Acting director general at the Government Communications and Information Service (GCIS) and government spokesperson Phumla Williams this week gave a personal account of her dealings with state capture.
While her testimony may not have been as explosive as that former deputy finance minister Mcebisi Jonas, it equally offered us an intriguing glimpse into the civil service that was run between the Union Buildings and the Gupta family compound in Saxonworld. In front of Judge Raymond Zondo stood a decorated anti-apartheid activist who wanted to protect the republic from the claws of the Gupta until one Faith Muthambi hounded her to near madness.
In an emotional testimony, which also featured a lot of tears, Williams recounted how she became a nervous wreck because Muthambi – who sulked every time people failed to call her honourable minister – fought her over supply chain management at the GCIS. Williams said Muthambi wanted to steal for the Guptas at all costs. Her graphic recollection was underpinned by her absolute belief in good governance.
Days before, Themba Maseko, a man who once held Williams’ position, also emphasised the two little words – good governance – as key to serving a nation. It does not require nuclear physics to understand what good governance means to a country. It is the window that the outside world uses to determine its attitude towards that country and an instrument investors use to decide on where their monies should be ploughed. It is through good governance that governments in particular are able to ascertain what their budgets should look like and how much revenue would be generated to fund what expenditure.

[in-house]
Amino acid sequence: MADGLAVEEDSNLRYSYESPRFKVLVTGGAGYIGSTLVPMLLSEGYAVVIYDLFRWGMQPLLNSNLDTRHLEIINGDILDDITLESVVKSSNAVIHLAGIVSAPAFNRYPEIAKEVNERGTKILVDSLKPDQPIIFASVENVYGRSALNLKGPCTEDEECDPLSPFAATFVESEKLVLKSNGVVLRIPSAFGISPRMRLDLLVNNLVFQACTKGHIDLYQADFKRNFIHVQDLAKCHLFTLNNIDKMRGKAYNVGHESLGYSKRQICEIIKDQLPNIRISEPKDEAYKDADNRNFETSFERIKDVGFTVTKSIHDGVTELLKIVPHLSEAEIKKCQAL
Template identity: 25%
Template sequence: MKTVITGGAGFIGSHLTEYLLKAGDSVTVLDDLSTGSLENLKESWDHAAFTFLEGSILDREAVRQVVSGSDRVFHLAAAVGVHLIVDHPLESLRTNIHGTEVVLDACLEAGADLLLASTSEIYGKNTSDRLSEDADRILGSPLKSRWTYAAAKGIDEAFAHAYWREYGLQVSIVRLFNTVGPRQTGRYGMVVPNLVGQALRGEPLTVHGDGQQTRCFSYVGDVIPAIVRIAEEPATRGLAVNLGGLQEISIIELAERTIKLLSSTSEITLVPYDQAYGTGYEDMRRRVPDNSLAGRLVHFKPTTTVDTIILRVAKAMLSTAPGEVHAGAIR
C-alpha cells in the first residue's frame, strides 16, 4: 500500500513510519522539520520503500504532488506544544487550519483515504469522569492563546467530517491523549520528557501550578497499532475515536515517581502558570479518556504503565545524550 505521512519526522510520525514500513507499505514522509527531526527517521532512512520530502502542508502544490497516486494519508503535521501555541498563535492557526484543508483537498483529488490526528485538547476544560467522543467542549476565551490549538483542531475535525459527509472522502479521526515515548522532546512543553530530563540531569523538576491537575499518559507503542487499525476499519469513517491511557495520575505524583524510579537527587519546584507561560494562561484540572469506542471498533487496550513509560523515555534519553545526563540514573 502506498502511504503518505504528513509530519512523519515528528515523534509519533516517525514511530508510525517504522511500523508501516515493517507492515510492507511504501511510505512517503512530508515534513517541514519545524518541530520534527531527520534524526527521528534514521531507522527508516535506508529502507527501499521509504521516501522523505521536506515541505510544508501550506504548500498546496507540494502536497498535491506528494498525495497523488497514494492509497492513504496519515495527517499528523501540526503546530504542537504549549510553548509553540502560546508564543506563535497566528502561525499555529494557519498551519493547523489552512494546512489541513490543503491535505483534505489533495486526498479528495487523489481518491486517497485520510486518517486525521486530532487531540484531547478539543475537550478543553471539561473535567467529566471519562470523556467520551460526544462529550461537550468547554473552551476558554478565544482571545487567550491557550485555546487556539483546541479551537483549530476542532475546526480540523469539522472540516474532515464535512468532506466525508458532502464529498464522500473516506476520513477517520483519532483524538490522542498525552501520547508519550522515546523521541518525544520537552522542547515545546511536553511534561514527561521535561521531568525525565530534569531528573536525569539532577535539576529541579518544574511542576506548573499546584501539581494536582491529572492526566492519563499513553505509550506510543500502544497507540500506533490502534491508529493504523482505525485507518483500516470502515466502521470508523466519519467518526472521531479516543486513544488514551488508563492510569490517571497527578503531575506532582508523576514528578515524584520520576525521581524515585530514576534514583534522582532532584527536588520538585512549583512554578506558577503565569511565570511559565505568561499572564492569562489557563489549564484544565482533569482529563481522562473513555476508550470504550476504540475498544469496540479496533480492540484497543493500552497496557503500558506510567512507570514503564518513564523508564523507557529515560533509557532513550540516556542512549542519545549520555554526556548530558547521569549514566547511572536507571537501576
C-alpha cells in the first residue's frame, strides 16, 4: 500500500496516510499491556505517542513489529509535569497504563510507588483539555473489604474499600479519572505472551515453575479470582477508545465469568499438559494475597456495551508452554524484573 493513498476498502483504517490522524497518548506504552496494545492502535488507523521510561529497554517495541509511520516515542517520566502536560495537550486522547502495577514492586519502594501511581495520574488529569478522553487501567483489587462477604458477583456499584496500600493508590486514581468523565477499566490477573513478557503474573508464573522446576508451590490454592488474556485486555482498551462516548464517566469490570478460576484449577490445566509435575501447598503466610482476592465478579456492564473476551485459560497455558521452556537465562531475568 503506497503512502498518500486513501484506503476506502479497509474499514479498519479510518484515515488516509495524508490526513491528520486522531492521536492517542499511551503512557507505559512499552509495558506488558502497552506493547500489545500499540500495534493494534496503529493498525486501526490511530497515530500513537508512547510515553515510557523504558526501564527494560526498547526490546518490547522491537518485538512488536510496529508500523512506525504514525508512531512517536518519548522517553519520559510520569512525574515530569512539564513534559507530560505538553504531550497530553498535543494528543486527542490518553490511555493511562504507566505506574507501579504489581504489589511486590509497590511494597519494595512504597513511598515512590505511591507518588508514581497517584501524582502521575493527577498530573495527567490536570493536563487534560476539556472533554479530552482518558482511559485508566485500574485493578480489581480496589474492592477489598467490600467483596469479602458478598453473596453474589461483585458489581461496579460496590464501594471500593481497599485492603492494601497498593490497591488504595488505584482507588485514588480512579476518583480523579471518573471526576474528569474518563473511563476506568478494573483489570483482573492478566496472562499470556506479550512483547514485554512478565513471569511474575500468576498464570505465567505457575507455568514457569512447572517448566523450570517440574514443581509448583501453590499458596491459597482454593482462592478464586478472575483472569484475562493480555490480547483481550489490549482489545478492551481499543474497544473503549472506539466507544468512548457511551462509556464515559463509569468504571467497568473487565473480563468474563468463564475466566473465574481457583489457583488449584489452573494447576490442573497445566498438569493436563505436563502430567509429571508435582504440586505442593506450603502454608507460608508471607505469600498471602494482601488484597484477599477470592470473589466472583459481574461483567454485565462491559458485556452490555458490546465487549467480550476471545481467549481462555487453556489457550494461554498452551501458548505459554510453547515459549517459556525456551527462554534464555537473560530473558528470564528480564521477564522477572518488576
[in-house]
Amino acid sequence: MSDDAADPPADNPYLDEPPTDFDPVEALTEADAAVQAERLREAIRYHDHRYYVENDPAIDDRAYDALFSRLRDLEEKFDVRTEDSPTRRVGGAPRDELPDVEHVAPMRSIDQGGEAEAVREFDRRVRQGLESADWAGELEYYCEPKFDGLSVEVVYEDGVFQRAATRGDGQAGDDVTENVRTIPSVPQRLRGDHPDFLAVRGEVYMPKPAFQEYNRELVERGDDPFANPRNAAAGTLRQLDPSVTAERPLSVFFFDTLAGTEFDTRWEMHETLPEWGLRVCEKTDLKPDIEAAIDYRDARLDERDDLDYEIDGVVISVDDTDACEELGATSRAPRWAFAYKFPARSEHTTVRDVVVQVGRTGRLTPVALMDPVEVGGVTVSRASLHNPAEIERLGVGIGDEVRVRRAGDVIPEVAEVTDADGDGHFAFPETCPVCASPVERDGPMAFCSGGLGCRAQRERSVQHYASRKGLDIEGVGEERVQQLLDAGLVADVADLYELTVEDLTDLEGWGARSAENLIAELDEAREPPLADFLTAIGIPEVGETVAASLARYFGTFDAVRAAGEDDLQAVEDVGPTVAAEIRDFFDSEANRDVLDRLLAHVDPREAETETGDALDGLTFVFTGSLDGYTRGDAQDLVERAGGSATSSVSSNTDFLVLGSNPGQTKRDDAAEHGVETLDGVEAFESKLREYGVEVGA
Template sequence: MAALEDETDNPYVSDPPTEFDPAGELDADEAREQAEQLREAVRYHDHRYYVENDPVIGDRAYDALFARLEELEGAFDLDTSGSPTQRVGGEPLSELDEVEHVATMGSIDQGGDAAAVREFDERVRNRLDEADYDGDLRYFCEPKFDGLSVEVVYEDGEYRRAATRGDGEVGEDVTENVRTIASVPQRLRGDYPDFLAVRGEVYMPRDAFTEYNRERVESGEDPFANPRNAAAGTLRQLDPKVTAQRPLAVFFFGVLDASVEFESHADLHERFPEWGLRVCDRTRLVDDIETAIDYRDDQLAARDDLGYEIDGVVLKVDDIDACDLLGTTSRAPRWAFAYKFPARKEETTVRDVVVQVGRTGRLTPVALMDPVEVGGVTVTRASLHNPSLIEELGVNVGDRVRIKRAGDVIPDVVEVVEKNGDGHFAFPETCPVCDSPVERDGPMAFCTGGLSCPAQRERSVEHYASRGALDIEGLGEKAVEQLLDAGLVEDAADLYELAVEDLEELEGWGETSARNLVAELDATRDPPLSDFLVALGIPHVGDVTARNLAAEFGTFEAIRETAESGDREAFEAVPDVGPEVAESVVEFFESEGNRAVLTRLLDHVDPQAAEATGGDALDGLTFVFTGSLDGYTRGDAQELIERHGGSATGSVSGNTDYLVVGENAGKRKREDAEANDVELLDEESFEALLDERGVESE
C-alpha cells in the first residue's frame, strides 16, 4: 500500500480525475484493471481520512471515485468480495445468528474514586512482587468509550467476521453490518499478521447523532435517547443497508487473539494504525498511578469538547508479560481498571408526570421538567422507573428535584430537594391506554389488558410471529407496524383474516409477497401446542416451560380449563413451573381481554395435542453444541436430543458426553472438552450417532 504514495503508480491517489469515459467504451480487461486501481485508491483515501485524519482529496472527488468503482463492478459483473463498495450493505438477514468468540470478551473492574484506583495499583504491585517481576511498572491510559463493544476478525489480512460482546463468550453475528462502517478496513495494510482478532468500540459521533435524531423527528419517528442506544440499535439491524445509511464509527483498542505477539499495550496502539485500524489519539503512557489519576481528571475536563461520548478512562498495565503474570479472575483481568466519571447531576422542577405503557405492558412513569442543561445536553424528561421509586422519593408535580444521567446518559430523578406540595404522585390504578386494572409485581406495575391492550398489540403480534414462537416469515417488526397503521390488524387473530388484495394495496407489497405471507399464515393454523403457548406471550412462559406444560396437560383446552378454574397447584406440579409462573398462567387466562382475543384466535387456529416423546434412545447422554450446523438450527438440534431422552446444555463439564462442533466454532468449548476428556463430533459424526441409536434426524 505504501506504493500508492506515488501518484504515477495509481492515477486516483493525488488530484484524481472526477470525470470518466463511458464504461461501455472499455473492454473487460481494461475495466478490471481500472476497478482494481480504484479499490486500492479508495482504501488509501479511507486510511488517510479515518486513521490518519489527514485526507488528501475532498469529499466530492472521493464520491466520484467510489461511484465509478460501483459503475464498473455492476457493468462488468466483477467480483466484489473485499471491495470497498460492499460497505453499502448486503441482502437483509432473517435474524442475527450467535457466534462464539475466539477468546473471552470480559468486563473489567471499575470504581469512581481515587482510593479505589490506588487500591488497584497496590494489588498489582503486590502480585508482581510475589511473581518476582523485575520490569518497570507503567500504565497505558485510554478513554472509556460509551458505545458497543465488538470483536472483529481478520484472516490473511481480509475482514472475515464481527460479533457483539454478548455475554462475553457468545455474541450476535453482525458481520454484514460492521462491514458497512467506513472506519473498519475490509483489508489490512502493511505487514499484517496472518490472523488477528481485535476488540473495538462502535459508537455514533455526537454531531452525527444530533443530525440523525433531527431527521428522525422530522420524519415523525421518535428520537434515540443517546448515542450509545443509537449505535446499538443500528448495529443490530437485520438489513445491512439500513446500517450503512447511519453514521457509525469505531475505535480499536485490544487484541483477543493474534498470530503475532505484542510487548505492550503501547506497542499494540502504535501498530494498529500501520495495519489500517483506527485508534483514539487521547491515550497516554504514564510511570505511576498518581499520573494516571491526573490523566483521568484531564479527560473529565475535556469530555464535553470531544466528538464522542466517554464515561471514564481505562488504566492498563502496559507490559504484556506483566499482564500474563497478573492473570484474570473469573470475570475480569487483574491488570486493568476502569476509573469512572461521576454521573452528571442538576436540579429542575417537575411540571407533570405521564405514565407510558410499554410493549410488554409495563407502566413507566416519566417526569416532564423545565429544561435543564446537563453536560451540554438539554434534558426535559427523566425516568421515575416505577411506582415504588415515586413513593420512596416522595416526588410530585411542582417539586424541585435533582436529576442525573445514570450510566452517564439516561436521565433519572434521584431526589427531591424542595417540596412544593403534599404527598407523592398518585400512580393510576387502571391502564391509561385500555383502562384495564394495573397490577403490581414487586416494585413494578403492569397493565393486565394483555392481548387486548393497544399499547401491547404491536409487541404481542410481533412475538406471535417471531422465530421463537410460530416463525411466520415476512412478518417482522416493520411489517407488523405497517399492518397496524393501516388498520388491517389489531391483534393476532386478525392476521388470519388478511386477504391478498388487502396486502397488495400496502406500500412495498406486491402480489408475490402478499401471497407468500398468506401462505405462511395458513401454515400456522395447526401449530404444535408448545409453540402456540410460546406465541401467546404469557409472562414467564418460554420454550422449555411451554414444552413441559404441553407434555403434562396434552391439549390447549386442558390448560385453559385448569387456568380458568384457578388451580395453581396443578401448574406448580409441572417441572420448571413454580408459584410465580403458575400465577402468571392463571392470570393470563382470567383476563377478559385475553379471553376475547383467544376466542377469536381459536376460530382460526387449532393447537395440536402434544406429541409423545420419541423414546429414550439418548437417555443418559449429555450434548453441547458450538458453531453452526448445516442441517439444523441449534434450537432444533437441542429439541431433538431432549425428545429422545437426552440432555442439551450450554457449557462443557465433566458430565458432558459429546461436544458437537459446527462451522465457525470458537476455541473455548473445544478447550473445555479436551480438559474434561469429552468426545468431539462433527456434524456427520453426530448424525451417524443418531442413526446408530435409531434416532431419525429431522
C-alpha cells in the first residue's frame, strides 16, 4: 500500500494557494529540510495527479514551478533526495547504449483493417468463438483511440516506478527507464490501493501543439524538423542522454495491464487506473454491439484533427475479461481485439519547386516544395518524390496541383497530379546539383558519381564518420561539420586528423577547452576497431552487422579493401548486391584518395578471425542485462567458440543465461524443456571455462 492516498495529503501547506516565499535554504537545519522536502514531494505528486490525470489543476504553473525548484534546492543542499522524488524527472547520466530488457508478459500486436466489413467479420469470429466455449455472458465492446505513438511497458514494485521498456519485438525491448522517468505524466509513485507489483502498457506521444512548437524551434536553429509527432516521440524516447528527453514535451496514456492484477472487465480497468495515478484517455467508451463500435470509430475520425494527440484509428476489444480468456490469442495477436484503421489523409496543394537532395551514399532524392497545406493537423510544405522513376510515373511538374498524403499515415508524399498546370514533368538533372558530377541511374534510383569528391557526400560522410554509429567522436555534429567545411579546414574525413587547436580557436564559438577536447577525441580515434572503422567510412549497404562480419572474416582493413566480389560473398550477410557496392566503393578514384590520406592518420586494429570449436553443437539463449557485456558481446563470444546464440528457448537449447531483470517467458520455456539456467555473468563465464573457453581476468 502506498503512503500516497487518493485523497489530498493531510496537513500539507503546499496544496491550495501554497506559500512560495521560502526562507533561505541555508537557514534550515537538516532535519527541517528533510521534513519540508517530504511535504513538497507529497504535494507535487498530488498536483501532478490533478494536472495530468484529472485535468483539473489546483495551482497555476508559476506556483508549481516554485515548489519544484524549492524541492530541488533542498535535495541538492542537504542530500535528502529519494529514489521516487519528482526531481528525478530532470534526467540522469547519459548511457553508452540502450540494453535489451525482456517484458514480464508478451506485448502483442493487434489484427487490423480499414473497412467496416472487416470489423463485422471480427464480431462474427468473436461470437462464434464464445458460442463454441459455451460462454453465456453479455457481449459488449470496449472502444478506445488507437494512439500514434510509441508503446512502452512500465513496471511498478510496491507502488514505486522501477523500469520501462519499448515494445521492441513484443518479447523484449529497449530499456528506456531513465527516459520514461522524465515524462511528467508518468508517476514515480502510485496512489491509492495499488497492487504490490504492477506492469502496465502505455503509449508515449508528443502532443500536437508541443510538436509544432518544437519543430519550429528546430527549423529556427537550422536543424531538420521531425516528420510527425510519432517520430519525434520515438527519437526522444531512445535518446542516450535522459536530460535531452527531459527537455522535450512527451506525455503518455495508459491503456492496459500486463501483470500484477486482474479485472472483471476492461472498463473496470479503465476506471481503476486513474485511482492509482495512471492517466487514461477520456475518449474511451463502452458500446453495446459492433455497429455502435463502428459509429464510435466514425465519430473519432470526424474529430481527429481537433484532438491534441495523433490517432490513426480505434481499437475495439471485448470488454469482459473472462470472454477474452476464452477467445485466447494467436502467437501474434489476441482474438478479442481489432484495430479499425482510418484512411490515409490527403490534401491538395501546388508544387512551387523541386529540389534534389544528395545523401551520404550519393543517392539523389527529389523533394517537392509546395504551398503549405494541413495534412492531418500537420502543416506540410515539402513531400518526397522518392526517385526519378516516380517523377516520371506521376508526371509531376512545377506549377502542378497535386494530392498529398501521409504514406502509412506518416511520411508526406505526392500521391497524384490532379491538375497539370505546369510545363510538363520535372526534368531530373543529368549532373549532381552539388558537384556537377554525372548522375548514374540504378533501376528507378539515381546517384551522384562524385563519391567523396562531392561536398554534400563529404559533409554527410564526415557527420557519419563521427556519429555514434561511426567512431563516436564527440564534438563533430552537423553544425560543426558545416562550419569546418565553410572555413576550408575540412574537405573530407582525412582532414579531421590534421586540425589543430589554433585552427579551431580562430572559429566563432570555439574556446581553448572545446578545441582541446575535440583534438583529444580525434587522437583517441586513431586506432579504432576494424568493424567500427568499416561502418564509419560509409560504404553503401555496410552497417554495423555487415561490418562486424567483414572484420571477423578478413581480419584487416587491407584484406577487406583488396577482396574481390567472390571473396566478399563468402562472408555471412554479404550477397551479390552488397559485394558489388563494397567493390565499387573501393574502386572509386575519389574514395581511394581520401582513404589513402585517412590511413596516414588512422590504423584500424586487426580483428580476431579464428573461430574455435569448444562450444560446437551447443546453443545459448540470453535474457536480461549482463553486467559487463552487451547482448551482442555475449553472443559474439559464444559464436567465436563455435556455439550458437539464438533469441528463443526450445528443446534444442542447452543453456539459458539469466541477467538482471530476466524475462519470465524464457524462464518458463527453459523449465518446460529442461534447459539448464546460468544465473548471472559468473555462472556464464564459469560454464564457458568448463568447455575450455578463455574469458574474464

It is something that sensible people such as Judge Mervyn King take so serious that they spend years to craft to guide good corporate behaviour in South Africa. For a country that is struggling to balance its revenues and expenditure – a high school basic requirement to pass accounting and economics – good governance is key to success. It is a principle that has governed the idea behind revenue collection the world over because while citizens feel that that paying taxes is an irritation, it is a necessary to fund state programmes that make a country attractive enough to call home.